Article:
Down Syndrome Surveillance in Canada 2005-2013

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Organization: Public Health Agency of Canada

Type: Fact Sheet

Date published: 2017-03-01

Cat.: HP35-77/2017E-PDF

ISBN: 978-0-660-07585-3

The birth prevalence of Down syndrome in Canada (excluding Quebec) has been stable in the last decade, averaging 15.8 per 10,000 total births, between 2005 and 2013.

The rate of Down syndrome among stillbirths remained relatively stable around 31.2 per 1,000 stillbirths, except for a slight decrease from 2010 to 2012, while the rate among live births remained stable at approximately 13.5 per 10,000 live births between 2005 and 2013.

Introduction

Down syndrome is the most frequently occurring chromosomal congenital anomaly in Canada. It is a lifelong condition, with a negative impact on infant morbidity and mortality, as well as childhood and adult morbidity. Advanced maternal age is the most significant risk factor associated with Down syndrome.

Down syndrome is usually caused by the presence of an extra chromosome 21. It is one of the most common congenital anomalies worldwide, and approximately 1 in 750 live born babies in Canada has Down syndrome.

Due to well-defined physical characteristics, infants with Down syndrome are identified at birth or shortly thereafter and the diagnosis is confirmed with chromosomal analysis. Children with Down syndrome experience intellectual delays and are at an increased risk for several medical conditionsFootnote 1. Congenital heart defects and respiratory infections are the most frequently reported causes of death in children and young adults with Down syndrome. Childhood leukemia is also associated with Down syndrome.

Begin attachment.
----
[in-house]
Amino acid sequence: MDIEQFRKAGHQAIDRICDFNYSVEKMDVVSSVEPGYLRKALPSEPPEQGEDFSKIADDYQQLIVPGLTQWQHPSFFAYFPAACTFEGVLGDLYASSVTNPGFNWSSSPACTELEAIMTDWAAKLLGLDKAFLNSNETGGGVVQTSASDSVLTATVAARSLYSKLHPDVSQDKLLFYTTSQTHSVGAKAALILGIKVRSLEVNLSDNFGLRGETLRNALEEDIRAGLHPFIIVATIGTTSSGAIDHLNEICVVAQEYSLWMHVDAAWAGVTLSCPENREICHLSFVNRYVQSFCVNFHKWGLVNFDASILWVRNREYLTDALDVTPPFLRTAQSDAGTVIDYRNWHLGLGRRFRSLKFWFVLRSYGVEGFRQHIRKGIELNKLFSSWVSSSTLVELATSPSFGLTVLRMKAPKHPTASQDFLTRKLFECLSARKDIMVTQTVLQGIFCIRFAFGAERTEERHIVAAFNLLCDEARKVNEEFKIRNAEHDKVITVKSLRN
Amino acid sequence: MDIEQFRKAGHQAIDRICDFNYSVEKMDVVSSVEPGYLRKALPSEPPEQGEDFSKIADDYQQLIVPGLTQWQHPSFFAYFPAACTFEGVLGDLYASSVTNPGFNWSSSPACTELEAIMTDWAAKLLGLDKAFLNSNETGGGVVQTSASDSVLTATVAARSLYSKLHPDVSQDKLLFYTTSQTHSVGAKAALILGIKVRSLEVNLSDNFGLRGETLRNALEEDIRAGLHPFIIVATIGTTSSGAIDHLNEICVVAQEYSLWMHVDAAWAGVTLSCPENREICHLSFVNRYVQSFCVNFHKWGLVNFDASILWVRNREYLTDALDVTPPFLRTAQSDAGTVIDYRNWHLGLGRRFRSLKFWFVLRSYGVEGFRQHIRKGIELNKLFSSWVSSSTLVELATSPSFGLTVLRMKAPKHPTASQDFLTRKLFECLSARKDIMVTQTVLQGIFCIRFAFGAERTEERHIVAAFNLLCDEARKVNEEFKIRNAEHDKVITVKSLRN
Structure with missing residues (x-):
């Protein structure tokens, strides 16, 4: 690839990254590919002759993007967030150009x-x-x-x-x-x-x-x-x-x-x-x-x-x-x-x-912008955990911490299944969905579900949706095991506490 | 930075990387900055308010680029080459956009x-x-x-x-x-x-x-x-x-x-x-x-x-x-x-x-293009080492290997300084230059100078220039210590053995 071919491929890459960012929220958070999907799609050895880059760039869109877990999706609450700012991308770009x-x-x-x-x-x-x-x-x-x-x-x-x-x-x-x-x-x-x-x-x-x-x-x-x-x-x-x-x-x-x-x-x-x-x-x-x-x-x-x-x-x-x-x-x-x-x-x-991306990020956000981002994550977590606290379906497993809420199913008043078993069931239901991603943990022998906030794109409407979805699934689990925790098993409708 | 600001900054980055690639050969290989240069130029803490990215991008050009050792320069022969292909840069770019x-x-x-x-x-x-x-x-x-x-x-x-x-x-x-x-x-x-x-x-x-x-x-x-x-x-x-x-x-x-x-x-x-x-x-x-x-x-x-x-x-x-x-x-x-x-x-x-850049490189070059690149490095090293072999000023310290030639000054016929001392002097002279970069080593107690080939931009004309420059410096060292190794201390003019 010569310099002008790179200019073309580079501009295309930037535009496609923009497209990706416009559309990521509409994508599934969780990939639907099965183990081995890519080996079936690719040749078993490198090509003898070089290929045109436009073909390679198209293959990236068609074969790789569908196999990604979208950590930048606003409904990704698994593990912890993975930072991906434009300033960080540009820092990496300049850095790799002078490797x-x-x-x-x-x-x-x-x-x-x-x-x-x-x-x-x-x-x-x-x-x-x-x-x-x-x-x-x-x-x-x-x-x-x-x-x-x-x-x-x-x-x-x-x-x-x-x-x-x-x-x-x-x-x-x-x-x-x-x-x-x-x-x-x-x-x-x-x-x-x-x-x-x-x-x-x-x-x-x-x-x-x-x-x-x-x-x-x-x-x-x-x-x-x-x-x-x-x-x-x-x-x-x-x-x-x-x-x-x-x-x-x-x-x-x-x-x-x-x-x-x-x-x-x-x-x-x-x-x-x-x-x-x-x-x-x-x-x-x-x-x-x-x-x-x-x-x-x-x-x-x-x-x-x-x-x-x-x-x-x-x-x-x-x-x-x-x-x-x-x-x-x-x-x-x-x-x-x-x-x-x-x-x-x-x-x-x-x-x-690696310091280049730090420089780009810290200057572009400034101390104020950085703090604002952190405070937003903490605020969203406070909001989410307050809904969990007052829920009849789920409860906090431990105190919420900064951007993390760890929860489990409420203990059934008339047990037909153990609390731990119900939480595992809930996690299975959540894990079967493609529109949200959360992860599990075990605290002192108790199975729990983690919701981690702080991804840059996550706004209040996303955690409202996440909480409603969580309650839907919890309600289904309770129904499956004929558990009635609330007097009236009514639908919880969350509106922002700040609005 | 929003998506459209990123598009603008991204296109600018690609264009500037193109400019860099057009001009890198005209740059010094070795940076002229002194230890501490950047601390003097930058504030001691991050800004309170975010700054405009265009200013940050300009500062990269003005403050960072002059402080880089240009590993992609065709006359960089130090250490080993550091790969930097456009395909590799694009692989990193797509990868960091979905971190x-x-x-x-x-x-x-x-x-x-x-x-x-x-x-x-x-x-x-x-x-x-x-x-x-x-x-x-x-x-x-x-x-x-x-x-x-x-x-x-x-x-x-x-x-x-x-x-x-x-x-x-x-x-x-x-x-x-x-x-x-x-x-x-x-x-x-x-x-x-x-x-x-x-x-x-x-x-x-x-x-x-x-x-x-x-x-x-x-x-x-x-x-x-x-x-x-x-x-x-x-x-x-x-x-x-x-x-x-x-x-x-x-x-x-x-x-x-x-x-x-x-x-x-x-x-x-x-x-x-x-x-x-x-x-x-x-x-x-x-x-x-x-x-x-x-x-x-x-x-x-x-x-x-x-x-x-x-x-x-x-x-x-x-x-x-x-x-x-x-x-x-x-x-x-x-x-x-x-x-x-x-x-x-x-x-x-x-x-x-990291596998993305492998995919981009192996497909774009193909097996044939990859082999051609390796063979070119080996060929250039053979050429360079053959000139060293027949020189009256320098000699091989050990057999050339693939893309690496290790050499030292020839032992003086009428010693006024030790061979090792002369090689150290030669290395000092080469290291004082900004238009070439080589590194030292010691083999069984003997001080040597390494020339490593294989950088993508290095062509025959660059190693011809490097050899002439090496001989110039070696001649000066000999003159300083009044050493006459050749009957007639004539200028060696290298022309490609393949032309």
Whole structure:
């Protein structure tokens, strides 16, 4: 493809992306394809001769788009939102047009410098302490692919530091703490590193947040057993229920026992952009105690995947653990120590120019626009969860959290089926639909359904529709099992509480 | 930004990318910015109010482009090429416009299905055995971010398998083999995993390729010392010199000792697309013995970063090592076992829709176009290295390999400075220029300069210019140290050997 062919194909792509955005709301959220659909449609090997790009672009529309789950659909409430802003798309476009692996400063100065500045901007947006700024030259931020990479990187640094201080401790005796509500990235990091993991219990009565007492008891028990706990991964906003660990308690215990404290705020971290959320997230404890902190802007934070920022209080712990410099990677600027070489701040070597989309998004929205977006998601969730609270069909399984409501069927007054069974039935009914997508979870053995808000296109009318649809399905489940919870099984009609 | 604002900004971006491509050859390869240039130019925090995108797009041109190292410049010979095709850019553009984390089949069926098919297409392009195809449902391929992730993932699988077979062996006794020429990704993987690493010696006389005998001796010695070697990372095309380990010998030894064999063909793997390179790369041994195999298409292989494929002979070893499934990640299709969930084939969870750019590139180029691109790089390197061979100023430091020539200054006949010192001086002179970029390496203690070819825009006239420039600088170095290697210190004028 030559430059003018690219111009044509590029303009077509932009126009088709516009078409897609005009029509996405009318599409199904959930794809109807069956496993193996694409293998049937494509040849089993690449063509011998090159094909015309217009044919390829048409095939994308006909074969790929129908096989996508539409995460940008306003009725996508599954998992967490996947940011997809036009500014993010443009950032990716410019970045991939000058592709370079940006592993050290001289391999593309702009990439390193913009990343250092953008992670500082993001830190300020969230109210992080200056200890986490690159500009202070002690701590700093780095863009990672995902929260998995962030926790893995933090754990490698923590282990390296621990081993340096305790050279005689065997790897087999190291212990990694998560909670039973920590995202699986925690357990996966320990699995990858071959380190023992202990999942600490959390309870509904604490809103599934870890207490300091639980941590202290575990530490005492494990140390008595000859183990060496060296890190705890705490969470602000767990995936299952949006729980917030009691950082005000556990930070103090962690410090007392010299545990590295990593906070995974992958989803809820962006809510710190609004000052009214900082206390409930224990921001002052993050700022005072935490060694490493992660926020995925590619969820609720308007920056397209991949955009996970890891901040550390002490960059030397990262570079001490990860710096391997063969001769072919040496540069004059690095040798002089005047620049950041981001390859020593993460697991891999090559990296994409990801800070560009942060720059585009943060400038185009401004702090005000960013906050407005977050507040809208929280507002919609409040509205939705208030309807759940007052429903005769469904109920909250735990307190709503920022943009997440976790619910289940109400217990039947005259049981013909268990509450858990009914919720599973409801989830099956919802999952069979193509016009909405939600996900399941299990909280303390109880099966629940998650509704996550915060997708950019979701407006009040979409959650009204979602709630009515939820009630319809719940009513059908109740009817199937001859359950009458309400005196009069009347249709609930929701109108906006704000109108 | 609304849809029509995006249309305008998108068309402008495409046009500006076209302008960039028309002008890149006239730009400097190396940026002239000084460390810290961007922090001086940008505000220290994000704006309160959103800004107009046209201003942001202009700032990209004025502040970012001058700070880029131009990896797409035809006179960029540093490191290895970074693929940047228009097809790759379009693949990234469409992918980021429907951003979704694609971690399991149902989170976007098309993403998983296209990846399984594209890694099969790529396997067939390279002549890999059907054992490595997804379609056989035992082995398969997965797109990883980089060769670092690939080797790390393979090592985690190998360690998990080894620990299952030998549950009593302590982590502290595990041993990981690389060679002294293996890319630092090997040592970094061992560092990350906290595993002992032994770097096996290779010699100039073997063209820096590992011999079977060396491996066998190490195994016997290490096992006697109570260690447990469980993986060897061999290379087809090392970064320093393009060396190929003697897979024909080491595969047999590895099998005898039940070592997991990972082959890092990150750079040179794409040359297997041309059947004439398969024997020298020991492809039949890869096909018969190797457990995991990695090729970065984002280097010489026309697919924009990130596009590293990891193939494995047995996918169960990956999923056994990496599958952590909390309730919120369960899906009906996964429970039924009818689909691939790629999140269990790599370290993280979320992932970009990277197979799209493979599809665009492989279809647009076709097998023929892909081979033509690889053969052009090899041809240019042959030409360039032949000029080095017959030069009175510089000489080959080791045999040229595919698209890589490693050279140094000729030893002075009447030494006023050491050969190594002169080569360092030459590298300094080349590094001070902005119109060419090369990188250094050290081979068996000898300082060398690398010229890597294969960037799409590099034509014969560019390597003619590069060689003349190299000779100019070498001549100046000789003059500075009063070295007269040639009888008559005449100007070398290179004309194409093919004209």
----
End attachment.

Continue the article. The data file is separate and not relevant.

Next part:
Prenatal screening for Down syndrome has advanced in both accuracy and early detection. Awareness and monitoring of potential medical health risks and early intervention greatly decrease morbidity and improve the quality of life among individuals with Down syndrome. The rates of Down syndrome vary among Canadian provinces and territories. Variations in maternal age distributions as well as disparities in access to and utilization of prenatal screening and diagnosis (to ascertain Down syndrome, which may lead to subsequent terminations of pregnancy) likely impact the observed regional differences in rates of Down syndrome.

Down syndrome in Canada

The birth prevalence of Down syndrome in Canada from 2005 to 2013 has been stable, averaging 15.8 per 10,000 total births (not shown). Down syndrome rates among stillbirths remained relatively stable, averaging 31.2 per 1,000 stillbirths, except for a slight decrease from 2010 to 2012 (Figure 1, green line). The rate among live births remained stable at approximately 13.5 per 10,000 live births between 2005 and 2013 (Figure 1, blue line).